For Memorial Day: Baseball Players Who Gave Everything

(Portions of this have previously been in a post from May 2012.)

Throughout history, there have been baseball players who have been willing to put their careers aside in service of their countries. It even continues today, as Mitch Harris of the Cardinals, a Naval Academy graduate, worked his way up through the minors after spending five years serving in the Navy.

And there have been some who have given their lives while serving. Some died in the heat of combat, others died in accidents, still others died of illness or other causes. Regardless, today we remember them:

  • Bill Stearns pitched part of five seasons in the National Association (the predecessor to the National League that is sometimes considered a Major League, sometimes not). A drummer as a young teenager in the Civil War, years after his baseball career ended he volunteered to fight in the Spanish-American War. He served in Puerto Rico, where he caught some sort of tropical disease that would ultimately kill him upon his return to the mainland. He is the earliest known Major Leaguer to die while serving his country.
  • Eddie Grant was a Harvard-educated infielder who spent time with Cleveland, Philly, Cincinnati and the Giants. On October 15, 1918, he died after being wounded by a artillery shell in the Argonne Forest of France. His unit had been fighting to rescue the “Lost Battalion” that had been pinned down by German forces. He was 35. A memorial to him was placed in the Polo Grounds (it is one of the plaques that can be seen in the expanded version of the Willie Mays catch photo), and a replica of it is now apparently in San Francisco.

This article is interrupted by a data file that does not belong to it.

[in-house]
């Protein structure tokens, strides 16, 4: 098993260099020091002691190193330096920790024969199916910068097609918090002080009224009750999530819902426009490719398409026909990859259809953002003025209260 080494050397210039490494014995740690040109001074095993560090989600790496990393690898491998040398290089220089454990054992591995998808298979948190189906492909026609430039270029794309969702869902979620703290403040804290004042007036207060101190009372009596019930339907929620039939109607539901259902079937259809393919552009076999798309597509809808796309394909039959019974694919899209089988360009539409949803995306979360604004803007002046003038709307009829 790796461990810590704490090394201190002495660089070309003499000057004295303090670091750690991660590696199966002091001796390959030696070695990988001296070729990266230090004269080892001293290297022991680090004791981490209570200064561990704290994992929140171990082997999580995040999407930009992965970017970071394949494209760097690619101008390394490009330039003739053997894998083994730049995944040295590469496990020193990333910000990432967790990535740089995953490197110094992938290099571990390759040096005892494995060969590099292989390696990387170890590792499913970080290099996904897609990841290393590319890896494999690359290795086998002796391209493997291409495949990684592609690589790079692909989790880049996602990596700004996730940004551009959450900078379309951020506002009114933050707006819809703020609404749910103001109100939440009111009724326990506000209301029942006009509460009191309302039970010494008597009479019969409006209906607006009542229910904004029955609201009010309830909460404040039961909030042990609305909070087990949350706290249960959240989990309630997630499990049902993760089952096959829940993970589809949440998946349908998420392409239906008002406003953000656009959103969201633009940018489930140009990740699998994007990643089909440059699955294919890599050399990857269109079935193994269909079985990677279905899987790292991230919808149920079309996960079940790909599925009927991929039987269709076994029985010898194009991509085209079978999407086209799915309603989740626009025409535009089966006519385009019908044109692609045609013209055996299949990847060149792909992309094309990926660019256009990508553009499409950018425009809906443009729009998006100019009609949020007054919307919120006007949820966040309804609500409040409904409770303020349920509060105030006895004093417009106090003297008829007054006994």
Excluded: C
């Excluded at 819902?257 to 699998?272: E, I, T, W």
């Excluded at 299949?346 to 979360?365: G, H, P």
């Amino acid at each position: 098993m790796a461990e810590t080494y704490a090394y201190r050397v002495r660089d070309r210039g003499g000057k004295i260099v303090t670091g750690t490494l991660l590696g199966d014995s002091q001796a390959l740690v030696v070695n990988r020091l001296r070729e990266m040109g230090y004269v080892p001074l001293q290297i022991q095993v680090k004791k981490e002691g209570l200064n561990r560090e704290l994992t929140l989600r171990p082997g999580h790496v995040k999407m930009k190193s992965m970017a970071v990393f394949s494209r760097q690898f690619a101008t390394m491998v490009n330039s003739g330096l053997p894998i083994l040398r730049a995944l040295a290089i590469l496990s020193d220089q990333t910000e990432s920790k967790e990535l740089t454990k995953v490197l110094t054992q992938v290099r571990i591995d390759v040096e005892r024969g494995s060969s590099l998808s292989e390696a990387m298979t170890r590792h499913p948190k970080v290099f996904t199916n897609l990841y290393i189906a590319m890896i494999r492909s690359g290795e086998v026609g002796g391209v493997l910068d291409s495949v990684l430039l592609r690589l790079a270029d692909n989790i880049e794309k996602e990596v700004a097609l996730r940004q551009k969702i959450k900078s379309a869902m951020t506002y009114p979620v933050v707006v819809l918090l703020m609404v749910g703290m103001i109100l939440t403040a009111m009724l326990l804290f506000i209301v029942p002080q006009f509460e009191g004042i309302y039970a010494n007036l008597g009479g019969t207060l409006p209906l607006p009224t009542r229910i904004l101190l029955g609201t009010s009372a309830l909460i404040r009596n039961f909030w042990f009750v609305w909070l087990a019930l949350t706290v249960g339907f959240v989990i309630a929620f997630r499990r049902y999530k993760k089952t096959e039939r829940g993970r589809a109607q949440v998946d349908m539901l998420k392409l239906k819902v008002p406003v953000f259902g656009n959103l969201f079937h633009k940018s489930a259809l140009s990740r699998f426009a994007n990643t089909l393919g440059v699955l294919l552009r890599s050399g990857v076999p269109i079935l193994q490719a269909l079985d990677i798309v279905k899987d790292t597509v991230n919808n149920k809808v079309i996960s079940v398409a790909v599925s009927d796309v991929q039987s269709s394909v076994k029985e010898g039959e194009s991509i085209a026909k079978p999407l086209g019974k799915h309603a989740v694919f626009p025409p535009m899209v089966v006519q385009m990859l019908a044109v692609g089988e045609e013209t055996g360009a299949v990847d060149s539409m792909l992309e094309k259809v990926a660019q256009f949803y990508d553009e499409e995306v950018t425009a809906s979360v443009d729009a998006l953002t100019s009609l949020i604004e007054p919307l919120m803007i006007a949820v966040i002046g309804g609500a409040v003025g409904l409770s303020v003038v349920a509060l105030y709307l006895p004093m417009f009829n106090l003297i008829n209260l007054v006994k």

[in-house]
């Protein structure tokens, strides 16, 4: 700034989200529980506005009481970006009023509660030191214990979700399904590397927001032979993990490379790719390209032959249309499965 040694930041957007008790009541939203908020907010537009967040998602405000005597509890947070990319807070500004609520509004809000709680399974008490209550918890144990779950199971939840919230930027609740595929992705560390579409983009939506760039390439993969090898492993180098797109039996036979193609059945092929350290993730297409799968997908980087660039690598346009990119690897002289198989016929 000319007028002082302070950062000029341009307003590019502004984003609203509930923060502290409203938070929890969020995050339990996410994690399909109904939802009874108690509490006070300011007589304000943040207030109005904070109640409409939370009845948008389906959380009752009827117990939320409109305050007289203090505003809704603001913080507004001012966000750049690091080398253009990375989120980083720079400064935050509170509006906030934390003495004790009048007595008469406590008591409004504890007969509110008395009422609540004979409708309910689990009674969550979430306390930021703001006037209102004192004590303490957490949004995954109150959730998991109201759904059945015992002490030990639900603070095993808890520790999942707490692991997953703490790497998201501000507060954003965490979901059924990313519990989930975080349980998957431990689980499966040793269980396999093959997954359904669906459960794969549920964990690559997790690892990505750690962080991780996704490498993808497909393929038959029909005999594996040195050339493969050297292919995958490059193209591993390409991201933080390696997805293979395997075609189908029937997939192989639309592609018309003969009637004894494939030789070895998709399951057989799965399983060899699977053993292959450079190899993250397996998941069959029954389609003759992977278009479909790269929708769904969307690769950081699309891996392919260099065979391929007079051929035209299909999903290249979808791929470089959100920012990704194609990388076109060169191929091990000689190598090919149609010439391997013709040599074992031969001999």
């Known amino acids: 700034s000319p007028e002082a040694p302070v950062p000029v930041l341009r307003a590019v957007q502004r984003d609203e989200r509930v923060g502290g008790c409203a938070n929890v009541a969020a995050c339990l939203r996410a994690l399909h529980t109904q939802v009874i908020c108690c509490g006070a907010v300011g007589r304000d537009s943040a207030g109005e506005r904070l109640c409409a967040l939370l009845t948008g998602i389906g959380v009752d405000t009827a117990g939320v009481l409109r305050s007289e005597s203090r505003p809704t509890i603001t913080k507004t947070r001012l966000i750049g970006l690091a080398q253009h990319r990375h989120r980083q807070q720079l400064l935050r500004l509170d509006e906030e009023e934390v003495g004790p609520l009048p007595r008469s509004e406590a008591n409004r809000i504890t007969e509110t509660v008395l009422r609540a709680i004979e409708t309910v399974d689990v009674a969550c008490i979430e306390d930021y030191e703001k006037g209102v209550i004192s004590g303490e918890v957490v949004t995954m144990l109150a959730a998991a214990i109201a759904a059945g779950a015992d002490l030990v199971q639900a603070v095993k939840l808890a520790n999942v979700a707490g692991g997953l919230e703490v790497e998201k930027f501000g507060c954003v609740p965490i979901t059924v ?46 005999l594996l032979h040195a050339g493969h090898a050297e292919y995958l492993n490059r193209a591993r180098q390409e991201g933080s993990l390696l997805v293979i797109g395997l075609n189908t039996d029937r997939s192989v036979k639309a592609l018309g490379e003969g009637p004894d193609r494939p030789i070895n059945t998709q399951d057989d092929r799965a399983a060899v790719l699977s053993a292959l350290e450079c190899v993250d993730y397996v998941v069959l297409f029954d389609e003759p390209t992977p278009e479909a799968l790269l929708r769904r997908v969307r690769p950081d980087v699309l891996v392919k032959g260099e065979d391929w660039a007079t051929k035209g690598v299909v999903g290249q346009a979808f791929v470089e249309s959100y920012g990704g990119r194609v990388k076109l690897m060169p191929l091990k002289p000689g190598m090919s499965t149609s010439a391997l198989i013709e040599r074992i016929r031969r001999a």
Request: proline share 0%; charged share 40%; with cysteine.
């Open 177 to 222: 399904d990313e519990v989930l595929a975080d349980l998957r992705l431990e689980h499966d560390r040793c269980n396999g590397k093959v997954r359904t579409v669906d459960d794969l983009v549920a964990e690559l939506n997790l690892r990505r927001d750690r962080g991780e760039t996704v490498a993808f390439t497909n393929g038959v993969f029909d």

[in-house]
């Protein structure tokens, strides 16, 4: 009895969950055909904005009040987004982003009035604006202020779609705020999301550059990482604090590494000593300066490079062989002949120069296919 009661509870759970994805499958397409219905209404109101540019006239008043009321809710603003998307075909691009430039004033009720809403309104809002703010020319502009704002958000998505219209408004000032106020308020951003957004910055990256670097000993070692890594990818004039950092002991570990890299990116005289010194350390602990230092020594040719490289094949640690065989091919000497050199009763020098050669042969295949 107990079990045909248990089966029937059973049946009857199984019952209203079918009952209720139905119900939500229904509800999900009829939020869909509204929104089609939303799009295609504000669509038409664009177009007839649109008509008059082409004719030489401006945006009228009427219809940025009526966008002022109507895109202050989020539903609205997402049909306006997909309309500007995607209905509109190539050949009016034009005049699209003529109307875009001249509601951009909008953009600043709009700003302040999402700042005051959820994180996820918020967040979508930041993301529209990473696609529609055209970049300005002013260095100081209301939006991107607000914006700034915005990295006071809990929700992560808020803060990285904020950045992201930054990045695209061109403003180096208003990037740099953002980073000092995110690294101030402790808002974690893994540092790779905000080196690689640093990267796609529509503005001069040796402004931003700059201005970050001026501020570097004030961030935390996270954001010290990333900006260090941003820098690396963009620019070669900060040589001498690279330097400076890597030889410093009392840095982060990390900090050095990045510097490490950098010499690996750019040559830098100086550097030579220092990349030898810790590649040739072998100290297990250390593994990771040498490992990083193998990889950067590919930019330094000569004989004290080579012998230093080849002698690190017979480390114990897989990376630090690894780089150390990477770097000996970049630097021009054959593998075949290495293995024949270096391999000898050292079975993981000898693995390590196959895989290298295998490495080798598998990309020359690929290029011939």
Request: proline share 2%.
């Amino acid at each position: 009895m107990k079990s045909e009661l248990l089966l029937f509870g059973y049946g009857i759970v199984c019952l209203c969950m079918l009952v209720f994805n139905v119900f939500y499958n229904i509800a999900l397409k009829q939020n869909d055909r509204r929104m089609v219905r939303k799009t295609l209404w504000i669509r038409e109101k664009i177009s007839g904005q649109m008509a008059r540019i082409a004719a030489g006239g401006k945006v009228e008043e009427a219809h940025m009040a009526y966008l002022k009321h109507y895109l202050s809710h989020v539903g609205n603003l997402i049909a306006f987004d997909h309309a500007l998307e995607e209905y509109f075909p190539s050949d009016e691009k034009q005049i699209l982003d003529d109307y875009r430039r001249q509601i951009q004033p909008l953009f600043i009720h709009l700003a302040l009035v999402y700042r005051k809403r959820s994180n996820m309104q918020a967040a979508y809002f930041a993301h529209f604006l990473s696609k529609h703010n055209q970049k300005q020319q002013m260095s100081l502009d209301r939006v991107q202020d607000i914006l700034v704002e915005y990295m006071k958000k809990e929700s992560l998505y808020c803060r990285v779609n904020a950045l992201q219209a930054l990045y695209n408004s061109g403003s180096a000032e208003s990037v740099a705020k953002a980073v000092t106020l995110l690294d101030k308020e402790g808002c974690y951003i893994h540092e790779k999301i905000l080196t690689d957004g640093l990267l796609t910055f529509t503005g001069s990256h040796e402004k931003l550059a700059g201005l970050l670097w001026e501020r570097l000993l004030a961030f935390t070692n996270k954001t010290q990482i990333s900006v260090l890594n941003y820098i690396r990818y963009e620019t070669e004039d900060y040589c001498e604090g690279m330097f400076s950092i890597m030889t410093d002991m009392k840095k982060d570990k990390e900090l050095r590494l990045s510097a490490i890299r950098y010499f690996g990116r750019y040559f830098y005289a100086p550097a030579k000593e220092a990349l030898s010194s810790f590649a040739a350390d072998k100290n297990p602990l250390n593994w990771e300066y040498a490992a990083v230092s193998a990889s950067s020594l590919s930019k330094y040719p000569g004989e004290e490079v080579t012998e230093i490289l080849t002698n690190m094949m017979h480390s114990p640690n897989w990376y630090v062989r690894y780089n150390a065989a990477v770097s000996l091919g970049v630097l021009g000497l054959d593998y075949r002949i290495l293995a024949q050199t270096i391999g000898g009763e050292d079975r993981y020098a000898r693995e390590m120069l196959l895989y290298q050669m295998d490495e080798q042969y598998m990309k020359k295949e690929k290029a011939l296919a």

• Larry Chappell was a light-hitting outfielder in the 1910s who was at one point part of a trade for Shoeless Joe Jackson. In 1918, he died while in Army service only a few days before the armistice from the Spanish Flu pandemic that killed tens of millions of people. He was 28.
  • Ralph Sharman was a young outfielder who did well in a September stint with the Phillies in 1917. After the ’17 season, however, he was inducted into the army. He died in May, 1918 when he drowned while in Alabama, where he was undergoing training. He was only 23.
  • Tom Burr appeared in one game with the Yankees in 1914. He retired from baseball after 1914 and would find himself as one of the first fighter pilots in the history of the United States. He died in a training accident in France in 1918 at the age of 24.
  • Harry Chapman played parts of five seasons in the majors before he entered military service in 1917. He never would see action, dying from influenza in Nevada in October of 1918.
  • Harry Glenn played six games with the Cardinals in 1915 and was a mainstay of the St. Paul Saints minor league team. While serving as a army aviation mechanic on the homefront, Glenn died of pneumonia.
  • Newt Halliday would play only one game and have only one AB with the Pirates in 1916 before entering military service, where he died of tuberculosis and pneumonia while undergoing naval training. He was only 20.
  • Robert “Bun” Troy was born in Germany but moved to America at a very young age. He appeared in one game with Detroit as a pitcher in 1912, and his professional baseball career would end after 1914. He died of wounds sustained while serving as a member of the 80th Infantry Division in the Meuse-Argonne during October of 1918.